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Tuesday, March 5, 2024

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Arts + CultureTVDudes of "Dynasty" dish!

Dudes of “Dynasty” dish!

Stars of the most over-the-top 1980s TV show are coming to town. Here's pre-gig gossip—from both sides of the closet door.

With its episodes full of bed hopping, beat-downs, and big-budget clothing, primetime soap “Dynasty” was tailor-made for success in the over-the-top ‘80s.

Throughout the course of its nine-season run (1981-’89), ABC’s answer to CBS’s “Dallas” drew tens of millions of weekly viewers. The masses were gripped by the show’s sordid storylines centering around the lavish lifestyles and bitter rivalries of Denver’s two wealthiest dynasties: the Carringtons, overseen by Blake (John Forsythe) and his wife, Krystle (Linda Evans), and the Colbys, led by Blake’s devious ex, Alexis (Joan Collins.) 

The behind-the-scenes drama was just as juicy. Happily, original “Dynasty” stars Jack Coleman (who played Blake’s sweet, openly-gay son Steven), Gordon Thomson (Blake’s sinister spawn Adam), and John James (the “loving-but-unloved” Jeff Colby) are eager to tell the tales—and even perform a couple of musical numbers—at their new live stage show “Cocktails With the Carringtons,” which comes to Feinstein’s at The Nikko on September 7.

In advance of the show, I dished with Coleman (also known for his time on NBC’s sci-fi series “Heroes”) and Gordon Thomson (who most recently appeared opposite Brigitte Nielsen in the horror film The Experience) about their time on the famed soap, the infamous Rock Hudson-Linda Evans kiss, and the real-life blackmailing that could have been ripped straight from the pages of the soap’s scripts, and which almost destroyed Thomson’s career.

48 HILLS For people too young to know, how would you describe the ‘80s, the era in which “Dynasty” is set?

JACK COLEMAN The early ‘80s were “the everything days” because everything was going on and people didn’t know about AIDS yet, or that cocaine was bad for you. Whatever you wanted to get into, you could do it. That’s why “Dynasty” landed at the perfect spot in this era of conspicuous consumption. 

Jack Coleman

48 HILLS “Dynasty” started as a “Dallas” competitor. How would you say that “Dynasty” compared to “Dallas”?

JACK COLEMAN “Dallas” was groundbreaking. But “Dynasty” completely changed the look and feel of what a primetime soap could be. 

Whereas “Dallas” was very much male-driven, “Dynasty” was more female-driven. Whereas J.R. was the alpha in “Dallas,” I would say Alexis was the alpha in “Dynasty.” And “Dynasty” had more emphasis on fashion, jewelry, and opulence. They spent the time and money to make it look like a million bucks, whereas “Dallas” did not look like a million bucks.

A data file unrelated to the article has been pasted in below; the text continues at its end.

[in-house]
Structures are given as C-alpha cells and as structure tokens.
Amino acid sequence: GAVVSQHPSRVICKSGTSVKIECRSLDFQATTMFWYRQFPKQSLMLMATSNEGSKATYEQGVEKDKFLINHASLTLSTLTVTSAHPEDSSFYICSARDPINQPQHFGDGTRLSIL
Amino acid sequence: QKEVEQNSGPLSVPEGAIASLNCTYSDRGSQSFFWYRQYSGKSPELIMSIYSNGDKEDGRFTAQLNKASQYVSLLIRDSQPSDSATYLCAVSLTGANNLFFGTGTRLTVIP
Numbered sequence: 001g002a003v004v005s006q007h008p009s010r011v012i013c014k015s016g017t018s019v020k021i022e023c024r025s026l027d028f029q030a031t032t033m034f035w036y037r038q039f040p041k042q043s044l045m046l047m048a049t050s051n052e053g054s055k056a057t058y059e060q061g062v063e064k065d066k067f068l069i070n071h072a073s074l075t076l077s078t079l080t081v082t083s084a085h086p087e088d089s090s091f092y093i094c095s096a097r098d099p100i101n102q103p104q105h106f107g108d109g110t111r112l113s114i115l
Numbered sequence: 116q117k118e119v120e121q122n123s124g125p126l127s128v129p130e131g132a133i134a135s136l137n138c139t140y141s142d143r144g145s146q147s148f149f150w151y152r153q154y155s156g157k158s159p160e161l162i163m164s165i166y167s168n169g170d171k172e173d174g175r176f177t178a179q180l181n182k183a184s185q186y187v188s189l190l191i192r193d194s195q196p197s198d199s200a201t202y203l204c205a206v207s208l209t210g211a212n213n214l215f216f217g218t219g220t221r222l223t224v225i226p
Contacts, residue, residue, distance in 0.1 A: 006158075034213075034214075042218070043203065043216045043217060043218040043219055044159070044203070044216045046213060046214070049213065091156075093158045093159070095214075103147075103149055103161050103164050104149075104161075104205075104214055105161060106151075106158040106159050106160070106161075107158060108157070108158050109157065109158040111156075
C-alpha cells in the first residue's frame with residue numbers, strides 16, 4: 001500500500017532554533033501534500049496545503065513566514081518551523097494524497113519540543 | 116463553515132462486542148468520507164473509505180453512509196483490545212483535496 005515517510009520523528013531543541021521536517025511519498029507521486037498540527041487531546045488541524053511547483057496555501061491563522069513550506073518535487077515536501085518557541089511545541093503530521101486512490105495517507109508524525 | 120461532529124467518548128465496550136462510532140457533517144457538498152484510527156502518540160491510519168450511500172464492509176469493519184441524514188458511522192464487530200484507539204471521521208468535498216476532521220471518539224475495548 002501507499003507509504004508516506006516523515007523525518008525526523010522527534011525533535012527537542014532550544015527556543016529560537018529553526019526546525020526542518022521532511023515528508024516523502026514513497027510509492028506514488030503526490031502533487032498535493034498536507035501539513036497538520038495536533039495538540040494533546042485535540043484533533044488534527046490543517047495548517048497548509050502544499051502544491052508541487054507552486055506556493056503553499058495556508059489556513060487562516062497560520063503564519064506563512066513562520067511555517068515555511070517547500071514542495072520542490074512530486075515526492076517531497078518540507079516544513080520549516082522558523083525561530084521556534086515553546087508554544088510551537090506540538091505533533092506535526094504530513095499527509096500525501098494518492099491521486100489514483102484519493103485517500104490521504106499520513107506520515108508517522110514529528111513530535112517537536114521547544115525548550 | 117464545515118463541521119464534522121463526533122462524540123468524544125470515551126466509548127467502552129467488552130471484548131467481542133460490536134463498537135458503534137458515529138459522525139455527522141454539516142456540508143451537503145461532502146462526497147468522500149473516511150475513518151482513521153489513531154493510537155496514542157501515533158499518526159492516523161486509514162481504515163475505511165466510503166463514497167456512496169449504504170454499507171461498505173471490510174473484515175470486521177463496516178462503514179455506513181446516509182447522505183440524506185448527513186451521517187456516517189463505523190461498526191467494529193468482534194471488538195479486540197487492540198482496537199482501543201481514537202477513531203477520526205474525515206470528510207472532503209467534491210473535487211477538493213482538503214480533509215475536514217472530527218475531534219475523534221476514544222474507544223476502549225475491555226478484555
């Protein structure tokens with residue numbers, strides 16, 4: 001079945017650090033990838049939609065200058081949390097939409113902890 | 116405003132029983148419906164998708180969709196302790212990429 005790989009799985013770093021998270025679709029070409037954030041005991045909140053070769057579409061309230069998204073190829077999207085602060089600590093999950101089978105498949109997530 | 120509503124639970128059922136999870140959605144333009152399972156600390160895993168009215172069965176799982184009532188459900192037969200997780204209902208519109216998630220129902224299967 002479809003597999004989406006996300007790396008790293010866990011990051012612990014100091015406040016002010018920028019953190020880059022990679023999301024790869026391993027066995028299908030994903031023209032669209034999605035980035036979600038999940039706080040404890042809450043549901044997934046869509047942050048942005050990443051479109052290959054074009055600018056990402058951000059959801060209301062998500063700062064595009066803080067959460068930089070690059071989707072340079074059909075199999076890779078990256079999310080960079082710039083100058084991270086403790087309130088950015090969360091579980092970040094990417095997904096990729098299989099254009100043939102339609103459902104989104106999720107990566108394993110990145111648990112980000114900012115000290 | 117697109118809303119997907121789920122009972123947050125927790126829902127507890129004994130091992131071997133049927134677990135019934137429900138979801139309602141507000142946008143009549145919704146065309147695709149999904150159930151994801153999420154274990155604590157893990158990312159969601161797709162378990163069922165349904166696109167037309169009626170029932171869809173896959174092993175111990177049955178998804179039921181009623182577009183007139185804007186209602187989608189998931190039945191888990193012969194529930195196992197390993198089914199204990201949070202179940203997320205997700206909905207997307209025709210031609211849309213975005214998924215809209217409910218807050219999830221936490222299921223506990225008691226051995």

48 HILLS What would you say was the importance of “Dynasty” in its time, and what is it today? 

JACK COLEMAN “Dynasty” sort of hit the sweet spot of Reaganism and conspicuous consumption at a time when money and opulence were starting to be worshipped worldwide. The show landed at the perfect time. 

Now, the show’s creators the Shapiros, producer Aaron Spelling, and ABC deserve a lot of credit for breaking ground, with Steven being the first openly-gay character and bringing in [Black actress] Diahann Carroll to play a Carrington on equal footing with Alexis and Blake in the power world. There were steps taken to move the needle. So, in many ways, it’s a cultural touchstone. There is clearly some carryover and lasting importance to a show like this if all these years later, they remade it. 

GORDON THOMSON The interest in “Dynasty” has maintained itself. It’s extraordinary that people who weren’t alive at the time have been turned on to the show. 

“Dynasty” provided an hour a week away from any life pressures. Instead, we’re going to spend time looking at very good-looking people who are very rich and screwed-up. It’s a soap opera with a great big gilded frame around it. It’s glamour. “Dynasty” was the last gasp of Old Hollywood before the internet and reality TV.

48 HILLS One of the things I find so fascinating is that Gordon, you’re gay and played a straight character on the show and Jack, you’re straight and played the gay character. Wouldn’t it have made more sense to take on each other’s roles?

GORDON THOMSON No. First of all, at that time, had I come out, it would have been professional suicide. And that has only very recently not been the case. Also, I’m an actor and the only parts available up until very recently were heterosexuals. Jack’s an actor and he was so good at playing Steven. I think we’re good at our jobs and had I played the part, my sexuality would have been revealed because of papers like the National Enquirer. 

As a matter of fact, at one point a gay man I was seeing in those days platonically, who had connections to the National Enquirer, actually blackmailed me. That’s the risk you ran in those days. We did have privacy, but you had to protect it very carefully. 

Eventually, I was outed—five years ago in September—by somebody who had a crush on Adam Carrington when he was in his teens and became a journalist specializing in gay issues. Then he asked me out on a date, which I thought was a little creepy. 

Gordon Thomson

JACK COLEMAN You know, it’s the question that I certainly get asked the most: Did you have any trepidation playing a gay part? I didn’t, because I was never that insecure about my sexuality. And I’ve been doing theater my whole life, so I had met one or two gay people. I didn’t have any hesitation about taking over the role. 

I also was not entirely prepared for the weight of it, how important it was to so many people to see a gay character in a primetime drama, which had never happened before. Even though it was a fluffy show with catfights and shoulder pads, it was still very important to a lot of people.

48 HILLS Jack, did people question your sexuality because you were playing a gay character?